I was hesitant to do counseling, but neurofeedback didn’t have as much stigma attached to it, so I figured I’d give it a try. I’m truly amazed at the difference it has made! I’m no longer on edge all the time, I’m less reactive to stress, and my relationship with my wife has gotten much better.
How we can help
We’re passionate about supporting the emotional, mental, and physical needs of first responders and will work closely with you to design a treatment plan that addresses you as a whole person. At NeuroGrove, the first step of any treatment package is a comprehensive assessment that includes QEEG brain mapping, swLORETA 3D neuroimaging, a neurocognitive assessment, brain-body wellness assessment, and a thorough discussion of symptoms and goals. From there, Dr. Bell designs a protocol specific to your brain’s needs and the goals you have for our work together.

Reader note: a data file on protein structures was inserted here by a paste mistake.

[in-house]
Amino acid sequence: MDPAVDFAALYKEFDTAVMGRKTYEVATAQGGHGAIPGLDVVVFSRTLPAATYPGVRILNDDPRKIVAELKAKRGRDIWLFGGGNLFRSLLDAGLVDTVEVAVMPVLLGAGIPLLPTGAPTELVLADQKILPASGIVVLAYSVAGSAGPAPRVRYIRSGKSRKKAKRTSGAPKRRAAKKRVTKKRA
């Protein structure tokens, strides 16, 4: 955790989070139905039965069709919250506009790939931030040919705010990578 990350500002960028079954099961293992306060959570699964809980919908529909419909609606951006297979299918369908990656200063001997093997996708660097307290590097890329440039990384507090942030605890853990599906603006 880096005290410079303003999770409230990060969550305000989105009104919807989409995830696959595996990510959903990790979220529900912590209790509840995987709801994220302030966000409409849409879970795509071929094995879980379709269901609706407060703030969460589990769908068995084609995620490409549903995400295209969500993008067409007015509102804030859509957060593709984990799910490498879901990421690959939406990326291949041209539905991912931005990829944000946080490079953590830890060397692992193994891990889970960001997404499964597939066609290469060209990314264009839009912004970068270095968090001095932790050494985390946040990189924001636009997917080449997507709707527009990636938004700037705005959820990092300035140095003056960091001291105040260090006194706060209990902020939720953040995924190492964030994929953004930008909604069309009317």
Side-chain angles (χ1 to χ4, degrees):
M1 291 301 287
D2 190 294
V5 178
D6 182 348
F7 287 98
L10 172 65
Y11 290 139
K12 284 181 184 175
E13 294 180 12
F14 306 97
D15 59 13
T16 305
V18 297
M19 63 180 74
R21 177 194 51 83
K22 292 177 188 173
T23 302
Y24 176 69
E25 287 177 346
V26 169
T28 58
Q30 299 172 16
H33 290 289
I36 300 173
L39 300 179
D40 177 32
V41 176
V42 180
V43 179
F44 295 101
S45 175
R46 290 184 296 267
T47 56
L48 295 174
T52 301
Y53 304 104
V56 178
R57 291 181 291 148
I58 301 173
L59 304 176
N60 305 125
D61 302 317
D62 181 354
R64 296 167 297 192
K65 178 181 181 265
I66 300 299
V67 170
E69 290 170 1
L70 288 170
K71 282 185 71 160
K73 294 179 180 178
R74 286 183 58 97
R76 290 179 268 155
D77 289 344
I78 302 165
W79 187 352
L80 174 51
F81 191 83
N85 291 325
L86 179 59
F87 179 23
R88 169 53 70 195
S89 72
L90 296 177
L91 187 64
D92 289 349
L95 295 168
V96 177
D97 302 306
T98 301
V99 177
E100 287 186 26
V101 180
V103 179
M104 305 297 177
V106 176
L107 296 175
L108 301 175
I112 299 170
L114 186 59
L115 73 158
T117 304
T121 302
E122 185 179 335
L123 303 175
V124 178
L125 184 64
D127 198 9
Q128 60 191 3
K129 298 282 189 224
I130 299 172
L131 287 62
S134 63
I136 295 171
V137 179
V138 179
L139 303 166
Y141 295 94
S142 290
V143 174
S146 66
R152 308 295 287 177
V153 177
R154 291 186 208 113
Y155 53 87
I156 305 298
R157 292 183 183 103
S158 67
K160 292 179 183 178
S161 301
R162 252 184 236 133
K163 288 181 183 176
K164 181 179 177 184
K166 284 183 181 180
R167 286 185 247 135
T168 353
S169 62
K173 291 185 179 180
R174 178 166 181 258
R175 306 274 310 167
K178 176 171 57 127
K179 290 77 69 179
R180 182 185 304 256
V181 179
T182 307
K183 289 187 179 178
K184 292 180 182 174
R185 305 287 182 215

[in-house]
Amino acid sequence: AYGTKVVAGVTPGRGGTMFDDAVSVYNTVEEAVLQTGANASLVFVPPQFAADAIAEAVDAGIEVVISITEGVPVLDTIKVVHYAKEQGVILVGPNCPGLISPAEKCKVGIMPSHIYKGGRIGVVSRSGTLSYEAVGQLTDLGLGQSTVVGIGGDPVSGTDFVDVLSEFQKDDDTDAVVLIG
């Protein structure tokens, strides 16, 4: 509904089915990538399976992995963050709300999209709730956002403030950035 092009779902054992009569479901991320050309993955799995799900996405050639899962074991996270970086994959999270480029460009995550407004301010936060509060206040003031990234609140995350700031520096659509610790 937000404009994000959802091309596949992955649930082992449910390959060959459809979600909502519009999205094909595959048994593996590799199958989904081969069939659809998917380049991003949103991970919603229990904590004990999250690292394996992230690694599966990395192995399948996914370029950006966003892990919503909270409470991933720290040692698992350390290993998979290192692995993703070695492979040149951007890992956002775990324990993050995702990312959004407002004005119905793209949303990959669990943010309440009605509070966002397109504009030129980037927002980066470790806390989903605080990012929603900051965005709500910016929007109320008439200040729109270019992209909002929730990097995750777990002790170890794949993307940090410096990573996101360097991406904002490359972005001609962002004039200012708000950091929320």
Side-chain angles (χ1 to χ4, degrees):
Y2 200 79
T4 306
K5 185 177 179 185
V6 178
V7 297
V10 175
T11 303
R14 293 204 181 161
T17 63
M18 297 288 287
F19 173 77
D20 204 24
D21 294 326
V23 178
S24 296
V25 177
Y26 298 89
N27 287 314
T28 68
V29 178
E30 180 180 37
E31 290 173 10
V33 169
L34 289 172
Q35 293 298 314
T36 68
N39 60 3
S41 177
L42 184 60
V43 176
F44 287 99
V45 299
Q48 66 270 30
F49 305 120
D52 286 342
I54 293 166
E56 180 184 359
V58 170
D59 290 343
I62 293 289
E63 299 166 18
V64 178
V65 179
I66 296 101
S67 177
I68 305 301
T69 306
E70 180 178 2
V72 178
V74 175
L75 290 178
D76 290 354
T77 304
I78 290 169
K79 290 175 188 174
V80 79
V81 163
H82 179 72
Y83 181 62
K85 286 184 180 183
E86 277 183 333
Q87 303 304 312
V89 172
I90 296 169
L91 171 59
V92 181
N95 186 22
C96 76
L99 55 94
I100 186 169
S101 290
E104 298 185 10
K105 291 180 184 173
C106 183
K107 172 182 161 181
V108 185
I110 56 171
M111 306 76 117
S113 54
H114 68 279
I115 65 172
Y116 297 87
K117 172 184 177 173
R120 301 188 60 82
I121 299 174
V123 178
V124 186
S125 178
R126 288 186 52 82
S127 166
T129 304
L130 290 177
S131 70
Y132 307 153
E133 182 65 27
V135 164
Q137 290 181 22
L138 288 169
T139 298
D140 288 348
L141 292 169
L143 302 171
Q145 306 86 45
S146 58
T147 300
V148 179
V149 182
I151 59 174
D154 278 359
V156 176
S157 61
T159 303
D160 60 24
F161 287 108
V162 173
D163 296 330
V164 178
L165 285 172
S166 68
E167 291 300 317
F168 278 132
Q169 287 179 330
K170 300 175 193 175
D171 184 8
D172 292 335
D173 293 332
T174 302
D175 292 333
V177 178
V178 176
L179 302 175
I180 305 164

Neurostimulation and neurofeedback can be used to increase neuroplasticity, address any brain imbalances, enhance the functioning of specific regions, and improve mental clarity and flexibility. We offer both in person and remote neurofeedback services to support you in your goals and optimize your training experience.
Biofeedback, movement therapy, and mindfulness training are also great tools for gaining more control over emotional regulation and physiological responses like heart rate, breathing, and muscle tension. Such skills will help you to stay regulated and aware, both in and outside of work. Furthermore, we will provide extensive education and support to help you provide your brain with the nutrients it needs, reduce neuroinflammation and toxicity, boost the growth of new neurons, and address other factors related to brain wellness.
Additionally, we offer a number of other virtual and in-person services to provide a whole-person, whole-system approach, including nutrition and wellness coaching, movement therapies, mindfulness training, psychotherapy, and extensive online education. Whichever services you choose to engage with, we will work collaboratively with you to address your goals from an integrative lens so you can optimize your brain, improve your quality of life, and maximize your potential!